• 5. A horizontal consolidation region (HCR) is a name I coined for price structures that tend to share bottoms or tops or both. They are areas that have a lot of price overlap from day to day. Sometimes, as in this case, they may slope downward some, but a stock enters the price level of these areas in the future and gets stuck -- not always, mind you, but enough to make trading interesting.
  • 6. The bottom half of the chart is of the same Dow only I overlayed the SAR lines from Patternz. The SAR button on the chart form will draw green lines of support and red lines of overhead resistance setup by valleys and peaks, and the program highlights round numbers by a dashed line. Controls found after clicking the Setup button allow you to increase or decrease the number of lines displayed. I like to see lots of lines because a cluster of them tells you how much SAR price has to push through. This chart suggests that the Dow is right underneath a thick layer of overhead resistance setup by prior valleys. Whether or not it is strong enough to repel price, only time will tell. Unless, of course, the earth gets hit my a massive asteroid. That would be exciting.

There are other types of SAR, such as that setup by moving averages and indicators, but I will leave them to your imagination.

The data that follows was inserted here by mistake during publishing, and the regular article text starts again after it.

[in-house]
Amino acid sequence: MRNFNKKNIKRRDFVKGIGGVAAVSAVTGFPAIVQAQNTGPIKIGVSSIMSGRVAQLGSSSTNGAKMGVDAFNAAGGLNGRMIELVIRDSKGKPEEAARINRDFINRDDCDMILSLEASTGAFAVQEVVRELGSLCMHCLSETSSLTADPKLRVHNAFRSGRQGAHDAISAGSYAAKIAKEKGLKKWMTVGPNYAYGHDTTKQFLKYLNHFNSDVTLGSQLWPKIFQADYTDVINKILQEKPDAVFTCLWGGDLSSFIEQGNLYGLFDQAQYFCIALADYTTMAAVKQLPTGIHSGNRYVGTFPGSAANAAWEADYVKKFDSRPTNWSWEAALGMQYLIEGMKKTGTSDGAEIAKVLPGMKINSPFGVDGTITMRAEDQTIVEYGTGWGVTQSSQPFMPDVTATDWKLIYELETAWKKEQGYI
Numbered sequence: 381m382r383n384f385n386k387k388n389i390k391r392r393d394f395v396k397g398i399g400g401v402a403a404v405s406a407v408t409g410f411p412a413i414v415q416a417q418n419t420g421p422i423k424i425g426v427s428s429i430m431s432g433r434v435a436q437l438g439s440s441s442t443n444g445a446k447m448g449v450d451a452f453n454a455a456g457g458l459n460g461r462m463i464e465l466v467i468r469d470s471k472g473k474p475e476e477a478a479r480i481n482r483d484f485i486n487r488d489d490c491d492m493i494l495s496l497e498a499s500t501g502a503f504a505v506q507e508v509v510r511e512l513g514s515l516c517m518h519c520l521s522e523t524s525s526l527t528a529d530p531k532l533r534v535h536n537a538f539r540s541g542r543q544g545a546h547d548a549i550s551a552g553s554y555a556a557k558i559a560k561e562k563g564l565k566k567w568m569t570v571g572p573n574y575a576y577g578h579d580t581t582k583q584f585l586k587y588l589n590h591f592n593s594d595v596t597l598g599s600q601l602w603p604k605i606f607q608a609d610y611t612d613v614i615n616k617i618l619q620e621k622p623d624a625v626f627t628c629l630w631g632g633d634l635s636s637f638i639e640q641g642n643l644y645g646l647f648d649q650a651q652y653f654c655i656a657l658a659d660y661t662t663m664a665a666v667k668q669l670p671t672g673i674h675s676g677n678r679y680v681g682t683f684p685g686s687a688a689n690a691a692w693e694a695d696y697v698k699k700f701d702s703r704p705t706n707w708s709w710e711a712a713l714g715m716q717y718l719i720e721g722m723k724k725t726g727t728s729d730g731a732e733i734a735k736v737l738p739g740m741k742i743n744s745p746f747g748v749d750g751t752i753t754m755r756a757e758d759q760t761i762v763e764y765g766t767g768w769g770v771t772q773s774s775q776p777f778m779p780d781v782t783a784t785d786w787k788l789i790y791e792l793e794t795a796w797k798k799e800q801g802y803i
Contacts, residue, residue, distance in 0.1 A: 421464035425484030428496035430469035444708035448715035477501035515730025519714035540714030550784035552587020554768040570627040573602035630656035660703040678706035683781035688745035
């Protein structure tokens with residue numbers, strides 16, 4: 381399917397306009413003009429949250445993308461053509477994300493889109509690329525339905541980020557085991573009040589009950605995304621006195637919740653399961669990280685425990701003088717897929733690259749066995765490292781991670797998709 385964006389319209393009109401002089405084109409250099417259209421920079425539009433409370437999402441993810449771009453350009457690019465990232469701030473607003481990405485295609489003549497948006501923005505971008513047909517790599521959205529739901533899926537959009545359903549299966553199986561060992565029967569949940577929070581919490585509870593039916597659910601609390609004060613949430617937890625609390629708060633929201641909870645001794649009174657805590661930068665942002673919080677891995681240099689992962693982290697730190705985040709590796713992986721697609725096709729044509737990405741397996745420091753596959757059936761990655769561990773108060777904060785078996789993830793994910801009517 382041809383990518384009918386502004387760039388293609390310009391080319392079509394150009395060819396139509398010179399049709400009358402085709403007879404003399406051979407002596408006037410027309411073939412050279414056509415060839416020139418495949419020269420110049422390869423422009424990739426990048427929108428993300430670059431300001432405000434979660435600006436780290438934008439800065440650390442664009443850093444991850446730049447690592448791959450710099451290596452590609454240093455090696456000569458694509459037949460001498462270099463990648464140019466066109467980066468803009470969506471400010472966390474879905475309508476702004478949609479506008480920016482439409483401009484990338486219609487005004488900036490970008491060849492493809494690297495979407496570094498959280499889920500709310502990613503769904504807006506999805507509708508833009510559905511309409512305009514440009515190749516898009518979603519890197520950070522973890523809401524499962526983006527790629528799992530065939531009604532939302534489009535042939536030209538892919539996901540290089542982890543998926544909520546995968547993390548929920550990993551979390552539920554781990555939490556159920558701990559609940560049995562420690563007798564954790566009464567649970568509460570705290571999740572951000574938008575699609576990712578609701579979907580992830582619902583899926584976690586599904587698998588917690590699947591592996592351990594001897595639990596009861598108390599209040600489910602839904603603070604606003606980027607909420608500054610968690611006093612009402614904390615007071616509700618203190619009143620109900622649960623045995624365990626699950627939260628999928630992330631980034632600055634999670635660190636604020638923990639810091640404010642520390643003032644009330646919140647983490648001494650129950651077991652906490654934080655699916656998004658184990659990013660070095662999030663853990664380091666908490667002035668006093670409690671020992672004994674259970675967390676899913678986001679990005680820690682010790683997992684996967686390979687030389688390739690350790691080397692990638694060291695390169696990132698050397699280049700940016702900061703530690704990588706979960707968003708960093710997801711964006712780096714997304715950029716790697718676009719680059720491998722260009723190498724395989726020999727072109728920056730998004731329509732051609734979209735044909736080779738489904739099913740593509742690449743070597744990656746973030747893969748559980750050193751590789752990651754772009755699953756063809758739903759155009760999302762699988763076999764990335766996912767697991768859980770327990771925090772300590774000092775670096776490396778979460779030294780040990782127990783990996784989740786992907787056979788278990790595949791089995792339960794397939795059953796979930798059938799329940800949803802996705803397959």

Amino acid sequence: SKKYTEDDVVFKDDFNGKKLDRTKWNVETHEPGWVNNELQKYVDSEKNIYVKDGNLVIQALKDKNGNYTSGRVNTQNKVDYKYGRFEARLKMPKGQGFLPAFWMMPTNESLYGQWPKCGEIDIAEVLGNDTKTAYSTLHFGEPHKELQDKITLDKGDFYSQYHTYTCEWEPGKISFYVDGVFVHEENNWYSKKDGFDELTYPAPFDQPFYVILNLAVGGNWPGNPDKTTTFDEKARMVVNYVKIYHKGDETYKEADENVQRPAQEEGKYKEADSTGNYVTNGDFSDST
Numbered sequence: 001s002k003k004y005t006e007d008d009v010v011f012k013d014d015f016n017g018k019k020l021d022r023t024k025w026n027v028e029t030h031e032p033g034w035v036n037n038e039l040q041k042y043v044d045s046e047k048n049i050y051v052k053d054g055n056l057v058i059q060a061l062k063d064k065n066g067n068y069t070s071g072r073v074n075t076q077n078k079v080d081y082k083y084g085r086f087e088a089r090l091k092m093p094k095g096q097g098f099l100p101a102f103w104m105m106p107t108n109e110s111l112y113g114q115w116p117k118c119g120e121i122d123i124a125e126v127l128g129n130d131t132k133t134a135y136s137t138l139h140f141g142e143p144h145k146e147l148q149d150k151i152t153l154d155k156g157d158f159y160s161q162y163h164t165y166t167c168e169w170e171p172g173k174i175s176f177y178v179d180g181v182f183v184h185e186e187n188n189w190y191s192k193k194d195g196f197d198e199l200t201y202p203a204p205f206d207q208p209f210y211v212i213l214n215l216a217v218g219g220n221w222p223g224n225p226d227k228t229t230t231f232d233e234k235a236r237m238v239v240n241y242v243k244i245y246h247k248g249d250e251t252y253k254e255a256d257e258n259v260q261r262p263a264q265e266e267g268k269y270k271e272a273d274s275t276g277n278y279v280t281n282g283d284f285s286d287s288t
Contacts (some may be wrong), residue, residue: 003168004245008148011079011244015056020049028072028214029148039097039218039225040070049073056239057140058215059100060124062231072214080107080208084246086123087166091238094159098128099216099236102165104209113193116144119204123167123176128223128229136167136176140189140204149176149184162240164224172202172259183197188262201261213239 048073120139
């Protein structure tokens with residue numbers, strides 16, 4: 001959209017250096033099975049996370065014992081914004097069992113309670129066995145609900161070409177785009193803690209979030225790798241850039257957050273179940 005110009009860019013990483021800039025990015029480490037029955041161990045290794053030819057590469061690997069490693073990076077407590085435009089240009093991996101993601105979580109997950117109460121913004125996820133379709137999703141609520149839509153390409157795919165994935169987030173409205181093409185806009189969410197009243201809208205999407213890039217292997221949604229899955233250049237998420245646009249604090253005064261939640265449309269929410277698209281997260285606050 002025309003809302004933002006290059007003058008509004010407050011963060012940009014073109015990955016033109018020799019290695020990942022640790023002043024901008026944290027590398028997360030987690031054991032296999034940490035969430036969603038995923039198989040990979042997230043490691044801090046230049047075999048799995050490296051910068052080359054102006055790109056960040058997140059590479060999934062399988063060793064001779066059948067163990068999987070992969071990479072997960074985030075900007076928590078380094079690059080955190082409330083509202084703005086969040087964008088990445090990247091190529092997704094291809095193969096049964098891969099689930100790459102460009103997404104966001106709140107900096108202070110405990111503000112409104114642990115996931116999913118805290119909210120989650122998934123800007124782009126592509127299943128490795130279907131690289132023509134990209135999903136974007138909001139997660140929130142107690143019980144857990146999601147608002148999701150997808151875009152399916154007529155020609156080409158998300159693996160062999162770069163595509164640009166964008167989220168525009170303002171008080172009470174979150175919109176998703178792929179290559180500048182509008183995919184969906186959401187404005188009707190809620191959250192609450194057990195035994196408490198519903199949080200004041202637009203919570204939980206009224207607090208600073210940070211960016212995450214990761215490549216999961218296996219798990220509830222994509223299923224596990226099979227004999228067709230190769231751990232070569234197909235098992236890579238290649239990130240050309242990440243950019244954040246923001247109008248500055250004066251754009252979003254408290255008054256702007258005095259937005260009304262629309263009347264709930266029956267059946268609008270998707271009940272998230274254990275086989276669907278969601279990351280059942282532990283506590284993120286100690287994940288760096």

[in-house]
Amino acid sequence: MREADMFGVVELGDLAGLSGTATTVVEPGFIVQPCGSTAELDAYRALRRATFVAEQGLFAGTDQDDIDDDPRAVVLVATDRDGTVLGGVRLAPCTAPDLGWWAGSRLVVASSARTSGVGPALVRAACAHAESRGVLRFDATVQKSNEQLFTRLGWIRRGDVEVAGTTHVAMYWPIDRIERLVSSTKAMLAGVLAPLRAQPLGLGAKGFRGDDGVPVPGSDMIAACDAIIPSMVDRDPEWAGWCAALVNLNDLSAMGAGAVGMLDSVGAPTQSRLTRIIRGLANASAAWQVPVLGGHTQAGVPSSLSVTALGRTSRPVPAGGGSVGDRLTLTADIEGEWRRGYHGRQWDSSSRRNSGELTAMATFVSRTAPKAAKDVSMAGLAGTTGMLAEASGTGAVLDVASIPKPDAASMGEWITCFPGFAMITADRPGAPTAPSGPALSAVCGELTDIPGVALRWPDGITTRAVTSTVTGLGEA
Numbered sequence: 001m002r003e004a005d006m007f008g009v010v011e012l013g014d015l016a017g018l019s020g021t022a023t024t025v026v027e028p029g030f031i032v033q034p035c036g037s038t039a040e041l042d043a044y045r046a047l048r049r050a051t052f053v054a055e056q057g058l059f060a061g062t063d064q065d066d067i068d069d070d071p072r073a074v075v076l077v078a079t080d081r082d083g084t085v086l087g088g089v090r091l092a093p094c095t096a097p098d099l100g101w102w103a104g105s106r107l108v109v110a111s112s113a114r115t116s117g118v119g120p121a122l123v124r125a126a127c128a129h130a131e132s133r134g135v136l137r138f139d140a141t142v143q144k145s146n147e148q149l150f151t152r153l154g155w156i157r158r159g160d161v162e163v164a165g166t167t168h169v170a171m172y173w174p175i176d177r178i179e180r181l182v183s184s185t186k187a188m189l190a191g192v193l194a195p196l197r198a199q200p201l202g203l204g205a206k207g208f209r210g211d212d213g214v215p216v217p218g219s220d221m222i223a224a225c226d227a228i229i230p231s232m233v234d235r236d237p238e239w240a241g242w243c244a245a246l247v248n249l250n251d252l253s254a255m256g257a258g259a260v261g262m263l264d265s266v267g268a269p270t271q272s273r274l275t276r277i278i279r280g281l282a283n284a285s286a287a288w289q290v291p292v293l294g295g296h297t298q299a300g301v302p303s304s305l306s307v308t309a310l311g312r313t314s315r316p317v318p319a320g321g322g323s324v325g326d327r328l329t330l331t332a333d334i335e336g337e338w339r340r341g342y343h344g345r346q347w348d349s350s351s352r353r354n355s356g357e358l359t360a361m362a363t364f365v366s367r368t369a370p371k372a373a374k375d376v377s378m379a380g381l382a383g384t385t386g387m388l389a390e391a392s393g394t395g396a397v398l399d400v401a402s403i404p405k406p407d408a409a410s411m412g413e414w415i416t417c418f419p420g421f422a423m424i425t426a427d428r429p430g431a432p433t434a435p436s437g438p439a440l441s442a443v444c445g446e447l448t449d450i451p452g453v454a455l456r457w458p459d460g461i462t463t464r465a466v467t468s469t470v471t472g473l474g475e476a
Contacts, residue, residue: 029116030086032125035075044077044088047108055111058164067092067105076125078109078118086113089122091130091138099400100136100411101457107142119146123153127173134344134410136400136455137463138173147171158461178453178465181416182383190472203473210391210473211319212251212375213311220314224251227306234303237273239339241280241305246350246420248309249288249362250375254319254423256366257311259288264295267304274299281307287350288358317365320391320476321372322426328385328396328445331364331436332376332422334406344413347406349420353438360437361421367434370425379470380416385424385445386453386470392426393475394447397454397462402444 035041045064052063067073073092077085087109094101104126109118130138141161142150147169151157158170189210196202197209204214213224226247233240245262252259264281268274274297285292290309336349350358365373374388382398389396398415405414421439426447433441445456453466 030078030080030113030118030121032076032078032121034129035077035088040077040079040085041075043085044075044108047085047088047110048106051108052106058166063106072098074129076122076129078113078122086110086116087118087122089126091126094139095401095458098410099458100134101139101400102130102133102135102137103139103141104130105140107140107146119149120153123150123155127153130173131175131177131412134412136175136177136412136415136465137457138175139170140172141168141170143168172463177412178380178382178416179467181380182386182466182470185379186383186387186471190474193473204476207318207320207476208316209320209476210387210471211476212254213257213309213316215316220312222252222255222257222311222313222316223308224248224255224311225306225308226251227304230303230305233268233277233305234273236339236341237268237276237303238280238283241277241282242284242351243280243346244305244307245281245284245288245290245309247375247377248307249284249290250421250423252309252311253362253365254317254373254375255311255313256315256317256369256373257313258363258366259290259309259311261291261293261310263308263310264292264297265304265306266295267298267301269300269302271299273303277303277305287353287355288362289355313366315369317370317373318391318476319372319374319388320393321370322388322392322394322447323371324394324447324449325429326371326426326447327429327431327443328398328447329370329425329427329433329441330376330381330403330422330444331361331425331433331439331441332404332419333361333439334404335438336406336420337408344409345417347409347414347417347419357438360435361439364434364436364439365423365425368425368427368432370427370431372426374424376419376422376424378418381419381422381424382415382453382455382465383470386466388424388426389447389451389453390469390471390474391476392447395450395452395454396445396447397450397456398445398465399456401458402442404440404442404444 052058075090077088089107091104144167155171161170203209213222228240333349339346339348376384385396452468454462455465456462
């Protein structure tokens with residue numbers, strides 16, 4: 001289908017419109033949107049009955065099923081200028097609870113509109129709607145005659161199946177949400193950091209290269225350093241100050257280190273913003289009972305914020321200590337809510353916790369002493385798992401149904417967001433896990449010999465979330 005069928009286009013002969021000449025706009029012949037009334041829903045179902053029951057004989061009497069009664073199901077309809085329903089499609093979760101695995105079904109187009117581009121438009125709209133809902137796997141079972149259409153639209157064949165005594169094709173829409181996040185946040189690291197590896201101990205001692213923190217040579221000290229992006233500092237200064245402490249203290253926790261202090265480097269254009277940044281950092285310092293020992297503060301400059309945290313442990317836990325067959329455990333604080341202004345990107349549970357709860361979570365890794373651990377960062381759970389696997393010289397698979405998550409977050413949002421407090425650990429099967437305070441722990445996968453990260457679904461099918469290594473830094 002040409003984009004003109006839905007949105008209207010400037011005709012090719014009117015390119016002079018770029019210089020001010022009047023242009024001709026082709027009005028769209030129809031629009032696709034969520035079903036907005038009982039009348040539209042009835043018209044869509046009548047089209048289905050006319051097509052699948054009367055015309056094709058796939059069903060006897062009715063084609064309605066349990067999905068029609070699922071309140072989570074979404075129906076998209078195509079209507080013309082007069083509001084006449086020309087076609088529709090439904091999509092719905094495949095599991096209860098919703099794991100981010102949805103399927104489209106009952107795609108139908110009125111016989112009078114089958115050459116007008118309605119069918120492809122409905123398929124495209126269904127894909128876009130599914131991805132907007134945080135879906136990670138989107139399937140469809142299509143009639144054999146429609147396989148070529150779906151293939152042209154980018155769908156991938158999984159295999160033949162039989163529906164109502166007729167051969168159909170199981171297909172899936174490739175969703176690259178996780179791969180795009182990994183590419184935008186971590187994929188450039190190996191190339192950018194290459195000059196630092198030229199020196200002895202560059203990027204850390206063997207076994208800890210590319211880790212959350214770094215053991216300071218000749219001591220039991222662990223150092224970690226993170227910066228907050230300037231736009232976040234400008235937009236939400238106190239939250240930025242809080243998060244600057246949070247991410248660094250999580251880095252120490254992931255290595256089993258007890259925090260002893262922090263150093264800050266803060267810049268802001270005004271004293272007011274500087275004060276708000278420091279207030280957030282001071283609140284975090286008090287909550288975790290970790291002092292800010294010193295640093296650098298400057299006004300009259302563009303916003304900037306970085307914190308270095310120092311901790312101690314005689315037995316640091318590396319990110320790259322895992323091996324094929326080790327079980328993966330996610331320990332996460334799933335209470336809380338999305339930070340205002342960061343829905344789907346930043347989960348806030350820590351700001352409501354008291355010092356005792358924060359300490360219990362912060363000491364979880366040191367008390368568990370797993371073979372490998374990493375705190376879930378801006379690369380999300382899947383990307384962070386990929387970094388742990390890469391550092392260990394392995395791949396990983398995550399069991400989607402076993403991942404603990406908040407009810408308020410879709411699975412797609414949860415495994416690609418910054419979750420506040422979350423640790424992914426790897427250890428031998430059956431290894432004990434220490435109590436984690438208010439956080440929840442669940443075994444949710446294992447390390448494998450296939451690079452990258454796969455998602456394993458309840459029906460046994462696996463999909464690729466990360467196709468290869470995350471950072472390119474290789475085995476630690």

-- Thomas Bulkowski

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Monday, 3/23/2009. Mental Monday: Trading Hesitation

This posting is now located here.

-- Thomas Bulkowski

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Thursday, 3/19/2009. 8 New Price Lines in Intel!

8 new price lines in Intel (INTC), on the daily chart

For those of you interested in the chart pattern indicator, I will be releasing the weekly update to it on Thursday’s instead of Friday’s, and that goes for the other related files. That means I only have to work 5 days instead of 6 updating this website. You will still receive the same quantity of information, only it will appear a day earlier.

The semiconductor and semiconductor equipment industries have been moving up in relative strength this last week or two. Plus, the technology laden Nasdaq is outperforming the other indexes, and that suggests technology stocks are in vogue.